Penang, Malaysia was good for me. It was comfortable and familiar, as if I’d been there before, and the island welcomed me with open arms. Initial plans called for me to visit Kuala Lumpur and Malacca as well, but there was so much to see and do in Penang, I reverted to the slow travel mode that I prefer and stayed on Penang for two and a half weeks to explore this fascinating island in depth. It was a good decision, not only because I was able to rest and recover from my frustrating and exhausting travel experience in China, but also because I had a rare bout with sickness in Malaysia.
I rarely get sick when traveling; I’m one of those people who can drink the water and eat from street carts all over the world and never have the tiniest adverse reaction. But about midway through my stay in Penang, I woke up one morning with a splitting headache aching muscles that felt like I’d run a marathon the previous day. It was short term; by the following day I was back to normal and I didn’t think any more about it.
During week two I started looking for a flight to Kahtmandu, Nepal and was surprised to find that the cheap seats on both Nepal Airways and Thai Airlines were sold out through mid-October. Luckily, a local travel agent was able to find me a flight on GMG Airlines. The flight left from Kuala Lumpur at 6 a.m., which meant I’d have to take a night bus from Penang to KL, wait around in the KL airport for five hours, and then suffer through a long layover in Dhaka, Bangladesh, but I judged the savings to be worth the inconvenience.
Two days before the flight I again suffered a throbbing headache and muscle aches, this time accompanied by nausea, cold sweats, diarrhea, and itchy red bumps all over my body. It finally dawned on me that I’d eaten cockles both times I’d gotten sick. There was no doubt about it, I was having a severe allergic reaction to these tiny little mollusks.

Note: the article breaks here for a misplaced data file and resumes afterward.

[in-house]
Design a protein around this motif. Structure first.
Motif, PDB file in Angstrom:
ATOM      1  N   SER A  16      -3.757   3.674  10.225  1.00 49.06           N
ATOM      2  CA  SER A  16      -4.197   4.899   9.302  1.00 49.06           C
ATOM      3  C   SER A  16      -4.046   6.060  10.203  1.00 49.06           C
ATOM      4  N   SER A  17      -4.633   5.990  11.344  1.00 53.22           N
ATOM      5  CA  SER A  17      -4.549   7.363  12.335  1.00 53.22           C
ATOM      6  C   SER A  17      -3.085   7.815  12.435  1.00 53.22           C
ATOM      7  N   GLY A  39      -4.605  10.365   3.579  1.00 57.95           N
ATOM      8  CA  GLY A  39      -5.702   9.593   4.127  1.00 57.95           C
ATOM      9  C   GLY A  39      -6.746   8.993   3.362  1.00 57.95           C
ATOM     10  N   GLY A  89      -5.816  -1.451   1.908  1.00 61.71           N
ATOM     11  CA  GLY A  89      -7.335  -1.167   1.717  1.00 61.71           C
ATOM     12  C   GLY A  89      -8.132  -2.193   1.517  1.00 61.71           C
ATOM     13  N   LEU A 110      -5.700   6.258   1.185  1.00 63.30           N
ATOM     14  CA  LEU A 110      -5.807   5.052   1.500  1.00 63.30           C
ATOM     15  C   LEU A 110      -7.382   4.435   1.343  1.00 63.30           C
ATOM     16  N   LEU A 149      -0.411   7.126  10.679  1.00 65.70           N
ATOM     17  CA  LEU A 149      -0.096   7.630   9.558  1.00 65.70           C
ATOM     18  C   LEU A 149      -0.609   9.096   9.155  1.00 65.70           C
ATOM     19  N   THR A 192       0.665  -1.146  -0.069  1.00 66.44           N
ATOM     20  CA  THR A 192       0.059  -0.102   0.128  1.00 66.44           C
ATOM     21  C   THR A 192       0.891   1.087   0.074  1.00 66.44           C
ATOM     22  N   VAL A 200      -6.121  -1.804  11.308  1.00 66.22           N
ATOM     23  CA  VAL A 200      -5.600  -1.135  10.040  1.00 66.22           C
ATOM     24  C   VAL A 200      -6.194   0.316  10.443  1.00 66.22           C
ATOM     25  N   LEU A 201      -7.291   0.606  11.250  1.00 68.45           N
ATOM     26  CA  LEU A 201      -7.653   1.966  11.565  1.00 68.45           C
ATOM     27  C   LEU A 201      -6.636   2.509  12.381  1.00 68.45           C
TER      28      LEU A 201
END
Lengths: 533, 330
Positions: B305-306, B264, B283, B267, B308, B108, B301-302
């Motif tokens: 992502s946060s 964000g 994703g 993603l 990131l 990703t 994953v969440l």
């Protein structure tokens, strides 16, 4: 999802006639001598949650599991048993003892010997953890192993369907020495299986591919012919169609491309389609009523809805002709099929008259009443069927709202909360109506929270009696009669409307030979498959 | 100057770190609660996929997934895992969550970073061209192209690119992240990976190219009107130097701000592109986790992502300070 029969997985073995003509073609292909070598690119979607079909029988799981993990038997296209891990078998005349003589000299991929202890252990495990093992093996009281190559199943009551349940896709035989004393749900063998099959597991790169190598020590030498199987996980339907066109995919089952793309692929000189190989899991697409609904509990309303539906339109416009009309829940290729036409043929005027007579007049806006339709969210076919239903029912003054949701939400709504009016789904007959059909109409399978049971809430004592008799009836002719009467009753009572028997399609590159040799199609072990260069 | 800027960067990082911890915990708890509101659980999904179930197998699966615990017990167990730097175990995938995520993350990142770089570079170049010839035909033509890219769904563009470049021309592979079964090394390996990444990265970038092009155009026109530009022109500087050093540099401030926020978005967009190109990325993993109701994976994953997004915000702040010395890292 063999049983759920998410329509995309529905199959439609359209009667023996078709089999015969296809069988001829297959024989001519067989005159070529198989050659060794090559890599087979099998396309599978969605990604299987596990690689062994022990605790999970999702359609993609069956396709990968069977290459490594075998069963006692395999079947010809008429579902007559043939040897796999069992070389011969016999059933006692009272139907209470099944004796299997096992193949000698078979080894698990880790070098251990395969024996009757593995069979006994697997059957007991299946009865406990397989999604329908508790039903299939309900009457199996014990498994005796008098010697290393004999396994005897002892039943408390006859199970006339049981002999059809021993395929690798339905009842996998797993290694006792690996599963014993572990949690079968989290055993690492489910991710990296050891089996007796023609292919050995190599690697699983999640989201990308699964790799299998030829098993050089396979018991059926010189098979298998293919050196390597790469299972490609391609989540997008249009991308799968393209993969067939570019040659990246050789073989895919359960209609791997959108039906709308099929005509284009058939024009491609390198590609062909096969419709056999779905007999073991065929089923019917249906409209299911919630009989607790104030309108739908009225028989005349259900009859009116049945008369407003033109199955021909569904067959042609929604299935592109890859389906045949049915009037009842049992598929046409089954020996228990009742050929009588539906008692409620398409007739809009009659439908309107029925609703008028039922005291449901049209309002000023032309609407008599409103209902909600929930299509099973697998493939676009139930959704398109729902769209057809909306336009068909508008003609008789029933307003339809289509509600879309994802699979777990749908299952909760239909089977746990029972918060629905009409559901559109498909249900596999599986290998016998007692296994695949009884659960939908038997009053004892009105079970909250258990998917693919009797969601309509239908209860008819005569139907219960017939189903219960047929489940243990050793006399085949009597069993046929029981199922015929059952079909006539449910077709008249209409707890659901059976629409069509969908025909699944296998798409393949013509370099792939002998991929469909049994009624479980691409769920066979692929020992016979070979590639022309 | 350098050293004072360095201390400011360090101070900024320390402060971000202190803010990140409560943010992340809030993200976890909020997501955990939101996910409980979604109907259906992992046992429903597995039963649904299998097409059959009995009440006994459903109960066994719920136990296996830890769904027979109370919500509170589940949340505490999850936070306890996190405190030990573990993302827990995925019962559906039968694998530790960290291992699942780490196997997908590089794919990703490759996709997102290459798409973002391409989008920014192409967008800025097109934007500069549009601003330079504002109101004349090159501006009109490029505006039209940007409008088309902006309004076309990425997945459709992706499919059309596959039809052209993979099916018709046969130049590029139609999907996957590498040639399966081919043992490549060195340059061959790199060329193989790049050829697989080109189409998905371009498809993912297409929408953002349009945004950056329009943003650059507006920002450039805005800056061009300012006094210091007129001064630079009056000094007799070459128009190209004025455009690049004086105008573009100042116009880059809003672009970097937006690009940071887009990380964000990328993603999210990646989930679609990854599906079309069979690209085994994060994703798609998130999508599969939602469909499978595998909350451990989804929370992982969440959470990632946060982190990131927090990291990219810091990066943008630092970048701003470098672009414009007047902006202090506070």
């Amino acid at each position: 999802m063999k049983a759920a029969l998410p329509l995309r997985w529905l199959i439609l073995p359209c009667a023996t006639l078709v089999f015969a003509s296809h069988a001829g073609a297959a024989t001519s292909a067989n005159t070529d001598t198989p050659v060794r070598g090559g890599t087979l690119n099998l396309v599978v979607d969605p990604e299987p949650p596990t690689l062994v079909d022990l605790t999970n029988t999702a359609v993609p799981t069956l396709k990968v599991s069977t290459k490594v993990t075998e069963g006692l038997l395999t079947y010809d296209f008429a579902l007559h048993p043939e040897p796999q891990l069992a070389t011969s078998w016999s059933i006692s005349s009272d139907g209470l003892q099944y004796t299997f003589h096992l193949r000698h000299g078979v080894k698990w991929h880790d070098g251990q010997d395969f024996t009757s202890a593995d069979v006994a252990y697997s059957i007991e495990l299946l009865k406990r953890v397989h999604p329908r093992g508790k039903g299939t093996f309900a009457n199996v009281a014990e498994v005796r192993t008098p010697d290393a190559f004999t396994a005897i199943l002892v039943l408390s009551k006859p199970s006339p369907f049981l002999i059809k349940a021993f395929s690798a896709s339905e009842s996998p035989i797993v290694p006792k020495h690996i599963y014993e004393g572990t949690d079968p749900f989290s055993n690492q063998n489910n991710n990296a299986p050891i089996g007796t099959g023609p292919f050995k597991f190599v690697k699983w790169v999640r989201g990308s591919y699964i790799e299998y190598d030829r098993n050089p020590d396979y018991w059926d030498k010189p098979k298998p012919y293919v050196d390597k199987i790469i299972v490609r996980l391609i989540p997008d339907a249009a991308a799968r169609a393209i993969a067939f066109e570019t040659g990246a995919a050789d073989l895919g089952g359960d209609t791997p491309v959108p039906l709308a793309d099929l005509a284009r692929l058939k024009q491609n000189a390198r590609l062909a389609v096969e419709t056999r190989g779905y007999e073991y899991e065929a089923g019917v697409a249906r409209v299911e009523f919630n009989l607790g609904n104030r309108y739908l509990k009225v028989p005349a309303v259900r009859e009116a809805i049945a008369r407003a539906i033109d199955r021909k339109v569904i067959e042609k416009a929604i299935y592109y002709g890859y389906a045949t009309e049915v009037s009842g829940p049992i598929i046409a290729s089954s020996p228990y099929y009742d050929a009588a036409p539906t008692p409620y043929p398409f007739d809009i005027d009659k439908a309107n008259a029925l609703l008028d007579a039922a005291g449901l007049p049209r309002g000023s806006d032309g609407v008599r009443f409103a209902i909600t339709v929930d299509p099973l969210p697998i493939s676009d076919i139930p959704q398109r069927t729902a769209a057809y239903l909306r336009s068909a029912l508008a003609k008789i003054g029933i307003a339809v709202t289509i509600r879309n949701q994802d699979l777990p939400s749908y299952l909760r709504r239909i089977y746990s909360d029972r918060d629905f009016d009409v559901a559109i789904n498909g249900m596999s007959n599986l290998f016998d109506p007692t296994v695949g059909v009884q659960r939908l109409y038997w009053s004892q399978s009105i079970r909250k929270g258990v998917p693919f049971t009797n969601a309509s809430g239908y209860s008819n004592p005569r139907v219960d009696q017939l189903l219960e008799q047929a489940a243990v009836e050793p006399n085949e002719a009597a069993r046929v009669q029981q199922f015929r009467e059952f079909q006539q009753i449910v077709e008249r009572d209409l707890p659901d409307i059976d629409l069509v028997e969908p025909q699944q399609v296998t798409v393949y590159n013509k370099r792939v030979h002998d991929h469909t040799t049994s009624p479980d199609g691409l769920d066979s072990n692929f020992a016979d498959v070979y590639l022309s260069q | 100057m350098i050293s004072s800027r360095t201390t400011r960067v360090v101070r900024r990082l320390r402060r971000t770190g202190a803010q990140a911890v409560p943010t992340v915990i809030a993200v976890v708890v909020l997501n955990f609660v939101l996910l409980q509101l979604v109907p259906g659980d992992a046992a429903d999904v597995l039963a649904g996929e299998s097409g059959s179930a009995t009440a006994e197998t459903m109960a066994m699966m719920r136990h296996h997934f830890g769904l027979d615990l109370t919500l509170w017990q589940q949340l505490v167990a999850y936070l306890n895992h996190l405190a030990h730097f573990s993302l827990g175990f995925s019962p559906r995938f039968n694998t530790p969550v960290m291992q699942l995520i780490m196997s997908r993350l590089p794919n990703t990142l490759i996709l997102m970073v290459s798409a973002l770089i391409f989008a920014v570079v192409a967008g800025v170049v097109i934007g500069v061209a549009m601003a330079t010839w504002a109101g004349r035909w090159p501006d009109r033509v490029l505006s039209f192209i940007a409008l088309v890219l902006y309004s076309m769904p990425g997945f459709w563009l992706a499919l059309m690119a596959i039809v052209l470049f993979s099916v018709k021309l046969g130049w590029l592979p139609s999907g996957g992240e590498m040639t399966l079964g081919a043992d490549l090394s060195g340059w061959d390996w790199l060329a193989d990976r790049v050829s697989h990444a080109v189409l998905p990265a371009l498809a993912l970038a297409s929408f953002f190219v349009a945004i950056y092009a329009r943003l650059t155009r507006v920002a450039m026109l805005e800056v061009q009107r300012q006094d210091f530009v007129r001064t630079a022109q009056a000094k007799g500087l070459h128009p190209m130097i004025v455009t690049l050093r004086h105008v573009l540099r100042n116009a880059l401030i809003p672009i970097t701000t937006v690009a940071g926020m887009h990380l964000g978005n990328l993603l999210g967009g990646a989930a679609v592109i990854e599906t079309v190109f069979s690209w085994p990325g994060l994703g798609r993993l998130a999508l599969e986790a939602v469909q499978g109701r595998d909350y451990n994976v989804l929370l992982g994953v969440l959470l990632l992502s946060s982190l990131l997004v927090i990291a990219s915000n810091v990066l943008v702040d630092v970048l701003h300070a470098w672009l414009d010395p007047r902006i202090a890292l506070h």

I loaded up on Imodium, trying to stop the diarrhea, and hunkered down under the covers. Despite 90 degree temperatures, my teeth chattered and shivers wracked my body. By the end of day two I was still weak but decided to attempt travel, since my plane ticket was non-refundable and non-changeable. The night bus to Kuala Lumpur and a taxi got me to the airport at 3:30 a.m. but the ticket counter wasn’t yet open, so I hunted down an open McDonalds, sipped on tea, and popped another Imodium, just to be safe.
By 7 a.m. more than a hundred people were in line but the check in counter had not yet opened – not a good sign for an on-time 8 a.m. takeoff. Too weak to stand for any length of time, I plunked down on the floor among the waiting passengers, all young men who were rolling large metal carts containing stacks of comforters and bedspreads. Curiosity got the better of me; I began chatting with those who could speak English and learned they were all Nepalis, working on contract in Malaysia and headed home to celebrate the high Hindu holiday of Dashain. The bedspreads and comforters, apparently a rare and pricey commodity in Nepal, were being taken home as gifts.